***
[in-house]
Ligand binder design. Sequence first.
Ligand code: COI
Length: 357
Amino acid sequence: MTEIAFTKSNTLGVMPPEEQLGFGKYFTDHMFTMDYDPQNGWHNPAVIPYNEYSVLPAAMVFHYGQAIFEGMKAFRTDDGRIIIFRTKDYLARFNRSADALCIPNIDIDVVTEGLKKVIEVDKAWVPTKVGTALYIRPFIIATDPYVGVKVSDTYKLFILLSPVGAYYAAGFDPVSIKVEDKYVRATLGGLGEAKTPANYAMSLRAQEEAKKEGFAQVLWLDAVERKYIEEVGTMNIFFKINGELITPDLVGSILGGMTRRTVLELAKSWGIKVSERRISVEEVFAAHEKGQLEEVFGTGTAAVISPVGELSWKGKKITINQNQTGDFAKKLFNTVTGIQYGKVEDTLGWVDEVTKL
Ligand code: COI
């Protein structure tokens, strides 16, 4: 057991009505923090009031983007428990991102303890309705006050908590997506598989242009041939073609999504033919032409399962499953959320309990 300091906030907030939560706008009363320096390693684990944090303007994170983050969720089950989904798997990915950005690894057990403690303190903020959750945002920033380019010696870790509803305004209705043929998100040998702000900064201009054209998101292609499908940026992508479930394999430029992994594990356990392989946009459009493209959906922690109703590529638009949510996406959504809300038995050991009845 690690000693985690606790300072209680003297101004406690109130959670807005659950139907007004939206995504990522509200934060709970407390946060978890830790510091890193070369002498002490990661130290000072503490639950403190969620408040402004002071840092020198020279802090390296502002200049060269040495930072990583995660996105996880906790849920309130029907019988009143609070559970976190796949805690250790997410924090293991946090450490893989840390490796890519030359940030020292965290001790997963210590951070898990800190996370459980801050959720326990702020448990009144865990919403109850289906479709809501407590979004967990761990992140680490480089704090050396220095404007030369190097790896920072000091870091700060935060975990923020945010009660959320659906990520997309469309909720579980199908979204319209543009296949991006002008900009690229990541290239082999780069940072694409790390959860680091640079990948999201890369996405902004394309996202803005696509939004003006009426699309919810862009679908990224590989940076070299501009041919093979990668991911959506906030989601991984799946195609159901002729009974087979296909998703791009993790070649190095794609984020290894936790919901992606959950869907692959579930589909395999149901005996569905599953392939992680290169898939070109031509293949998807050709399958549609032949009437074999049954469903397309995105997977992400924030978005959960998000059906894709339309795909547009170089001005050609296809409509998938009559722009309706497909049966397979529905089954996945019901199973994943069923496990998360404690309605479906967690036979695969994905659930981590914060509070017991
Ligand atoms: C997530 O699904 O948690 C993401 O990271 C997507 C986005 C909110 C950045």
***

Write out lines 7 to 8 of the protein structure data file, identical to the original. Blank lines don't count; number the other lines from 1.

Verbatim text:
């Protein structure tokens, strides 16, 4: 057991009505923090009031983007428990991102303890309705006050908590997506598989242009041939073609999504033919032409399962499953959320309990 300091906030907030939560706008009363320096390693684990944090303007994170983050969720089950989904798997990915950005690894057990403690303190903020959750945002920033380019010696870790509803305004209705043929998100040998702000900064201009054209998101292609499908940026992508479930394999430029992994594990356990392989946009459009493209959906922690109703590529638009949510996406959504809300038995050991009845 690690000693985690606790300072209680003297101004406690109130959670807005659950139907007004939206995504990522509200934060709970407390946060978890830790510091890193070369002498002490990661130290000072503490639950403190969620408040402004002071840092020198020279802090390296502002200049060269040495930072990583995660996105996880906790849920309130029907019988009143609070559970976190796949805690250790997410924090293991946090450490893989840390490796890519030359940030020292965290001790997963210590951070898990800190996370459980801050959720326990702020448990009144865990919403109850289906479709809501407590979004967990761990992140680490480089704090050396220095404007030369190097790896920072000091870091700060935060975990923020945010009660959320659906990520997309469309909720579980199908979204319209543009296949991006002008900009690229990541290239082999780069940072694409790390959860680091640079990948999201890369996405902004394309996202803005696509939004003006009426699309919810862009679908990224590989940076070299501009041919093979990668991911959506906030989601991984799946195609159901002729009974087979296909998703791009993790070649190095794609984020290894936790919901992606959950869907692959579930589909395999149901005996569905599953392939992680290169898939070109031509293949998807050709399958549609032949009437074999049954469903397309995105997977992400924030978005959960998000059906894709339309795909547009170089001005050609296809409509998938009559722009309706497909049966397979529905089954996945019901199973994943069923496990998360404690309605479906967690036979695969994905659930981590914060509070017991
Ligand atoms: C997530 O699904 O948690 C993401 O990271 C997507 C986005 C909110 C950045």